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demonstrated that direct and indirect losses because of the war amount more than 560 billion u.s. dollars. if we do not stop this war together, the losses will increase dramatically. infrastructure losses alone are already higher than $100 billion. in march of this year, more than 60% of ukrainian enterprises were stopped completely or partially full trip one of the biggest ukrainian steel producers in mariupol was almost destroyed by russian bombs. and this is just one of the hundreds of enterprises and facilities which are no longer operational after missile and air bomb strikes by russia. obviously, ukraine's efforts are not enough to come back to normal life. after such a horrible aggression from russia, it is also obvious
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that the recovery of ukraine after this war must recover global security for russia, as well as all other potential aggressors around the world, must understand that they will never be able to destroy the life of any nation. they must see that everything they destroyed will be renewed immediately and will be compensated and recover. it should be one of the safeguards from military aggression in the future. if every potential aggressor knows that the civilized world will help every nation which has become or may become a victim of war, then their motivation to start a war will be decreased. that is why the real supportive ukraine will translate into direct benefit for each of our countries for the civilized world and for global security.
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our republic and our civil institutions in ukraine have already demonstrated that president volodymyr zelenskyy and government of ukraine are ensuring the right way to move forward in ukraine's development. sustainability of our institution and capability of our state to regroup at all levels defending our nation from the russian invasion as well as stability of our financial system has proven the right track of governing ukraine, our country.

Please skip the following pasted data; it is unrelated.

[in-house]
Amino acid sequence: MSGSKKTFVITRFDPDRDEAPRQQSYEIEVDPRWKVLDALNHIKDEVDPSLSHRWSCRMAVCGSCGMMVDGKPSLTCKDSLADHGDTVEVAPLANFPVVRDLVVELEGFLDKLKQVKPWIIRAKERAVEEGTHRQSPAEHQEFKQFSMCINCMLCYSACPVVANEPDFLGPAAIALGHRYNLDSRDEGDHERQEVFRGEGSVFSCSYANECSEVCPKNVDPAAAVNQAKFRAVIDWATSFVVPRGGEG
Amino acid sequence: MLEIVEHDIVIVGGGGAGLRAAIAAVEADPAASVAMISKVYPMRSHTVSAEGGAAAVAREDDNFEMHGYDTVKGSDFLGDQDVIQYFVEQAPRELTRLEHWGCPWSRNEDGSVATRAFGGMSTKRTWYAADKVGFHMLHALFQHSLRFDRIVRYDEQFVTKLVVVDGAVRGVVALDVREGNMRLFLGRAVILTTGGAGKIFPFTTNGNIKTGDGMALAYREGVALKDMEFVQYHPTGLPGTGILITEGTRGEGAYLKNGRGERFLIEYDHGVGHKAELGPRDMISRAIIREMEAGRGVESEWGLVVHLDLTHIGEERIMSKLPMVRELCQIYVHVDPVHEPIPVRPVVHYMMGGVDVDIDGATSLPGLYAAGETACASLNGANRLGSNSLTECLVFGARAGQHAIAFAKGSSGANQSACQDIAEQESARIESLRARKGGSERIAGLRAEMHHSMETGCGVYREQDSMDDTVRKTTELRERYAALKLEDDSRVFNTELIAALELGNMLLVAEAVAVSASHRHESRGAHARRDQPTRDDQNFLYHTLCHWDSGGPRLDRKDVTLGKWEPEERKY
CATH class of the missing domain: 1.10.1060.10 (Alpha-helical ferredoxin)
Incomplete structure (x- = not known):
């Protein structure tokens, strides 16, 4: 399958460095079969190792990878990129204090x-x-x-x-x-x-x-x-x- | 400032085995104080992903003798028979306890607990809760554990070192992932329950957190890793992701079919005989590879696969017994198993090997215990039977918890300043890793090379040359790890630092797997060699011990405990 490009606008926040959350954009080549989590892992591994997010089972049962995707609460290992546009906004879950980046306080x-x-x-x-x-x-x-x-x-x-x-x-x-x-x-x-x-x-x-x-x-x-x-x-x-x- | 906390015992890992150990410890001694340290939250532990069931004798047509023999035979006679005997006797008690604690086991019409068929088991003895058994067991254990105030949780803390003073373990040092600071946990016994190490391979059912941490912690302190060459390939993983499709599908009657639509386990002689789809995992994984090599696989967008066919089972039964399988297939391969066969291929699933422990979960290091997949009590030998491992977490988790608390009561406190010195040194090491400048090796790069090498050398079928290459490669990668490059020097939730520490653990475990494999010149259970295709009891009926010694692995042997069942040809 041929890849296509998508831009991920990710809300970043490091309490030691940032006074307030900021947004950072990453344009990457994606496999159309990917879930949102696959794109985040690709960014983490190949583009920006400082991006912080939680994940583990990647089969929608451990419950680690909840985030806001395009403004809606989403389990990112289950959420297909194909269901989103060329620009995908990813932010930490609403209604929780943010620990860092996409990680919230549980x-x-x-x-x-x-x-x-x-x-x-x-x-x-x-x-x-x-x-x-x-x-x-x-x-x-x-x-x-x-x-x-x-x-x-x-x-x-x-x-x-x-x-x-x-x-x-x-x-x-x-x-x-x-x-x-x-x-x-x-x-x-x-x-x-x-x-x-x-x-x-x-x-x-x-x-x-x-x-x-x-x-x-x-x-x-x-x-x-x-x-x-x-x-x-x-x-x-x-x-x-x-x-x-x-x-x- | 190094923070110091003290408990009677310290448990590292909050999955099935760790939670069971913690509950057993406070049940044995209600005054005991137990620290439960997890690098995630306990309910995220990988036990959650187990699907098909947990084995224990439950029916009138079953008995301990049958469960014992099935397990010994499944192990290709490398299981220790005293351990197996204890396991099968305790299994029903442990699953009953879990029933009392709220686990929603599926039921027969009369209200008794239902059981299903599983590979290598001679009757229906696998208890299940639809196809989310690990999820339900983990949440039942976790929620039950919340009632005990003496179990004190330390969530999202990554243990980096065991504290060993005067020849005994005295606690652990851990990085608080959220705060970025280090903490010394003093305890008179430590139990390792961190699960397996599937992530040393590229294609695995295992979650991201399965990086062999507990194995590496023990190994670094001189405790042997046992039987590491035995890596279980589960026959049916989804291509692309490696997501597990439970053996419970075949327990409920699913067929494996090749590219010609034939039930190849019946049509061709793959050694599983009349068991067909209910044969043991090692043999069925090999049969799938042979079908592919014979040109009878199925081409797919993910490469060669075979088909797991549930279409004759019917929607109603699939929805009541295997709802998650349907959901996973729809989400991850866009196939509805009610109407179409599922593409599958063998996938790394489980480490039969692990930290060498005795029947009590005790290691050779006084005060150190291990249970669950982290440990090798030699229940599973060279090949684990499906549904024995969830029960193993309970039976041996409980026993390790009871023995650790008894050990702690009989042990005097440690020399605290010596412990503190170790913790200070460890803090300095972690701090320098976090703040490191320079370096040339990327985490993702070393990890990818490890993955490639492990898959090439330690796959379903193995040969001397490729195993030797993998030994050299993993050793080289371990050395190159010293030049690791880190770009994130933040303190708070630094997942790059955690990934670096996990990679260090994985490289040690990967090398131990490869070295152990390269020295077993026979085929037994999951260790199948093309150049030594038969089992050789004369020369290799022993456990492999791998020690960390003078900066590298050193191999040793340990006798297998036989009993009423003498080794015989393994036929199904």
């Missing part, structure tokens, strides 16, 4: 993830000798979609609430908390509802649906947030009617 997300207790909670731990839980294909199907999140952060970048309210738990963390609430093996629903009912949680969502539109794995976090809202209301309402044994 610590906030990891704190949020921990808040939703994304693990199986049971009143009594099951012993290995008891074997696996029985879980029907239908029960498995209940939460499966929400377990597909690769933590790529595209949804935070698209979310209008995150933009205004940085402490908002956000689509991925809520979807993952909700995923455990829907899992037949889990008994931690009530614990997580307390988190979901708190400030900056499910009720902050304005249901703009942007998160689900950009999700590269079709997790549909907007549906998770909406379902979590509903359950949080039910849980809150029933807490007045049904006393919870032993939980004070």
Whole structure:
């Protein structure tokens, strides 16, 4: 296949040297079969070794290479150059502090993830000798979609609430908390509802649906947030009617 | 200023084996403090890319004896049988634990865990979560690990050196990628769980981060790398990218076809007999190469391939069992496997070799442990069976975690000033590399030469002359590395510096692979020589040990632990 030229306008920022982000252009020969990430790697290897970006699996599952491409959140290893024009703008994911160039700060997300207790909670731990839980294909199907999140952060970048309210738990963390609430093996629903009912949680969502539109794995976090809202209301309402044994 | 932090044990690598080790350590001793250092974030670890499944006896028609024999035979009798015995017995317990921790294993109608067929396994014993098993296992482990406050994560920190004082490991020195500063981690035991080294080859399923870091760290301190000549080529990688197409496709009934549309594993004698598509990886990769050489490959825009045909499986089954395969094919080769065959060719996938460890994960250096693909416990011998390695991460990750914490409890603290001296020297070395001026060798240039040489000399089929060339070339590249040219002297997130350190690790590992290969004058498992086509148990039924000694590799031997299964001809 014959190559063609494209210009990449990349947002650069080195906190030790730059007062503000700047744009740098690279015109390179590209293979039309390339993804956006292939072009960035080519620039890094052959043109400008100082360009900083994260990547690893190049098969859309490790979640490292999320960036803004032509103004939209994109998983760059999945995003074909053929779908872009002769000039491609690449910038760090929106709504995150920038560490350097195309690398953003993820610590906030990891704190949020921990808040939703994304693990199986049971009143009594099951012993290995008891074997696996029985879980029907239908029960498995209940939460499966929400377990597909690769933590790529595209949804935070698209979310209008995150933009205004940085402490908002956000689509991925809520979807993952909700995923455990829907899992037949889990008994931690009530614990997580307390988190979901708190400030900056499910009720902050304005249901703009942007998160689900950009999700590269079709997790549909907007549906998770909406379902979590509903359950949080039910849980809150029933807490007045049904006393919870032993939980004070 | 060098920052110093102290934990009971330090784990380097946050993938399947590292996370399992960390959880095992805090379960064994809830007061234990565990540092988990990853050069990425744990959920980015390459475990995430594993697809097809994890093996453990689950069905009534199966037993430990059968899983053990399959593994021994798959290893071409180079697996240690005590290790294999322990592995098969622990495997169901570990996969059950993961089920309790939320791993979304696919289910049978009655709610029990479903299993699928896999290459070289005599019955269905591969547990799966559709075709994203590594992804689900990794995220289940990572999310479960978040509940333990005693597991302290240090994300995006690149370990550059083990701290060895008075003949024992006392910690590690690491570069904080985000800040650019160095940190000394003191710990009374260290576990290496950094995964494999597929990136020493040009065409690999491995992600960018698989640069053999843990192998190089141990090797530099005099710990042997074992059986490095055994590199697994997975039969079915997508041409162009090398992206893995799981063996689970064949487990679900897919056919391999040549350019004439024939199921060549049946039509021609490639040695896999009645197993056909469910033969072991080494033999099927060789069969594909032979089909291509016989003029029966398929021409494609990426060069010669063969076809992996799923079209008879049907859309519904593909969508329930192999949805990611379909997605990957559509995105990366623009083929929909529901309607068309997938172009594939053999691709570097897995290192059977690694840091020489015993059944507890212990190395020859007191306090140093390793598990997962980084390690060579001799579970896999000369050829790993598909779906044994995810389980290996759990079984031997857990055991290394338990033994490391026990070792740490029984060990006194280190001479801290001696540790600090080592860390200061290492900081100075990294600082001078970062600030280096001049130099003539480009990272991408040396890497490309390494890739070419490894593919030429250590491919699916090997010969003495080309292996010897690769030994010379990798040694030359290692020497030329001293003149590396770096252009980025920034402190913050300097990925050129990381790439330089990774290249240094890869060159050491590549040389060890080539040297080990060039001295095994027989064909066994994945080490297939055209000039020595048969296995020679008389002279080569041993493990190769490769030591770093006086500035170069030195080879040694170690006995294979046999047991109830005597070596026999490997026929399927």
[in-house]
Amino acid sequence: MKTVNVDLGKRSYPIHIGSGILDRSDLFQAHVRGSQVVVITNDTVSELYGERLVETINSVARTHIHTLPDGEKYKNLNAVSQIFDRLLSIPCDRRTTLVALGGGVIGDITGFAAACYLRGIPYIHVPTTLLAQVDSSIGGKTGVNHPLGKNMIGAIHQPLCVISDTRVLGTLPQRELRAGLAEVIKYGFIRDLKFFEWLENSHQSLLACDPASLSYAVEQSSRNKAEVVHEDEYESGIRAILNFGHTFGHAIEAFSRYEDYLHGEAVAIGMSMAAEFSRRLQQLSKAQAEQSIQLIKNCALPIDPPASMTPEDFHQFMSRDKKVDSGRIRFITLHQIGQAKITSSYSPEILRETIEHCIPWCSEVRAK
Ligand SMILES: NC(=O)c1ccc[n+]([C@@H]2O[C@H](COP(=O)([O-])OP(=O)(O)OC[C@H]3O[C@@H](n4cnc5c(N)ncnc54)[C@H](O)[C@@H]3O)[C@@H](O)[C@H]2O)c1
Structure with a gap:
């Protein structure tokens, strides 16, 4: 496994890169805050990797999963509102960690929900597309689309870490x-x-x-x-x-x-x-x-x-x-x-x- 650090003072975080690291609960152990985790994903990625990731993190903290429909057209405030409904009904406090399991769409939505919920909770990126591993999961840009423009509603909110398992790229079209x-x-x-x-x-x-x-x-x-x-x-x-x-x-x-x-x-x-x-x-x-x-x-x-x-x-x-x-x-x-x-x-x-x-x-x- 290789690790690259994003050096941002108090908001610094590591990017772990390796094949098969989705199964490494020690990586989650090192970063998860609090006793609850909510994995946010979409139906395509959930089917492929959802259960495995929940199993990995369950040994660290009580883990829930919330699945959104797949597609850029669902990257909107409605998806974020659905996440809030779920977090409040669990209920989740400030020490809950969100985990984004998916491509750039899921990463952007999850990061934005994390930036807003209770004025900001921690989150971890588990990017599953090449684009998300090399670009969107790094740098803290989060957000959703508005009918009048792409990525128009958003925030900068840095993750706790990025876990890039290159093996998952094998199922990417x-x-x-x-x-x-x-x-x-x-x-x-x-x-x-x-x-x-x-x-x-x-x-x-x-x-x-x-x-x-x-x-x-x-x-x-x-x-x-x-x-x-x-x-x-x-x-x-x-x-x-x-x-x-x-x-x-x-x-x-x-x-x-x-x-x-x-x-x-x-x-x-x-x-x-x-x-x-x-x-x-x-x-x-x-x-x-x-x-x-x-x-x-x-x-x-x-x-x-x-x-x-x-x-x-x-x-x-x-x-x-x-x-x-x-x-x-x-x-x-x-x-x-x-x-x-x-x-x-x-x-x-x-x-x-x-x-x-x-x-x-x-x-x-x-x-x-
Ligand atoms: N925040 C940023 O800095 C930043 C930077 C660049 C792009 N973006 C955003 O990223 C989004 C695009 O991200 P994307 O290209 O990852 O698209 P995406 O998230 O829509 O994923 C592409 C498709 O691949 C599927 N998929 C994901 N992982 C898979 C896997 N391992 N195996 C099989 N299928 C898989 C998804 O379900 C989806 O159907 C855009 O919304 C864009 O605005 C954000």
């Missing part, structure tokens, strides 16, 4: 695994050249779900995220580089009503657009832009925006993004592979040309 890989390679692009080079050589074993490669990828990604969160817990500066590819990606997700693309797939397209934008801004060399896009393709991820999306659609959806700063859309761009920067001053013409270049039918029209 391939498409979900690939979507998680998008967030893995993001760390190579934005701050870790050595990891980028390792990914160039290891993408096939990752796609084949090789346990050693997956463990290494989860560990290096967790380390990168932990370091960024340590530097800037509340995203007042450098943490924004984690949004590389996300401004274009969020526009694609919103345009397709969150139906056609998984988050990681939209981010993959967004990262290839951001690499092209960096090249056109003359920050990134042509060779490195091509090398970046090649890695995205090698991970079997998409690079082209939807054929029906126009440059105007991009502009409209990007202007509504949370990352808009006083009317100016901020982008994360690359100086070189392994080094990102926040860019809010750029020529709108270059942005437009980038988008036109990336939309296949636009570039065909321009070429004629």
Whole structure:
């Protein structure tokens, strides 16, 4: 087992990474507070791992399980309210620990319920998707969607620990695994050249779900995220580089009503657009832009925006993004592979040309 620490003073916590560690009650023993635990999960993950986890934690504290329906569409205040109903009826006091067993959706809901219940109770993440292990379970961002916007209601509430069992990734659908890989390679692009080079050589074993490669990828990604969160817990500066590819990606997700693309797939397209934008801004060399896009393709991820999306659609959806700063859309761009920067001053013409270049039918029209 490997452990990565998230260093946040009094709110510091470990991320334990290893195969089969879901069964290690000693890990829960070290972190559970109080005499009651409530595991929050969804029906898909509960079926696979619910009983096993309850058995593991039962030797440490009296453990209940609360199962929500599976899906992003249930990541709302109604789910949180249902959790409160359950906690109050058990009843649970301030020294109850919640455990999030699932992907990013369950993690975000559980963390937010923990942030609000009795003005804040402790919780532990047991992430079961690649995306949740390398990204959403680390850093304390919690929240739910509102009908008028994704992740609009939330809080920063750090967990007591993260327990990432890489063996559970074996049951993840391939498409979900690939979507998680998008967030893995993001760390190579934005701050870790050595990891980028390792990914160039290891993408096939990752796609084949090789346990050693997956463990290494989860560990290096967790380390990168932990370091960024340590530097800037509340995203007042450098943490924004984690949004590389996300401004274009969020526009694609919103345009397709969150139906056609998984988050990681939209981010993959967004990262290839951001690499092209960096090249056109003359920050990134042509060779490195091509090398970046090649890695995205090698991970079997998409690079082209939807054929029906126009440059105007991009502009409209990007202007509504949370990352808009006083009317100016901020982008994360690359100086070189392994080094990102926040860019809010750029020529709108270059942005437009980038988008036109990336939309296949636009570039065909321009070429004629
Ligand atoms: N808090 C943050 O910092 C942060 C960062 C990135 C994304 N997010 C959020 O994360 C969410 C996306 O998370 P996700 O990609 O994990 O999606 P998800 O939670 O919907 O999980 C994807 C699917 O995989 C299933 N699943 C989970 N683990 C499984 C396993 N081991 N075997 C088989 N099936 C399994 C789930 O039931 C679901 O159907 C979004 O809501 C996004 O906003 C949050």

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we have mobilized and allocated all the informational resources very quickly. state budgets in march were 100% in line with the budget fund before the war. we have simplified customs, but the war is still going on. and we expect in april, the state budget will be only 50%. to balance the state budget as well as to support small and medium businesses we need additional financial resources. we finance our security and defense sector. we have a large new state program to support people who lost their job, incomes, and homes. despite all of the difficulties, our country is performing all social obligations. pensions, salaries, social payments. and it all costs about $7 billion u.s. a month for our budget. we do our best to prevent food crises and political stabilization in african countries and other regions of the world. for example, the ukrainians' share in global export is 10% in wheat, 14% in corn, and 47% in sunflower oil.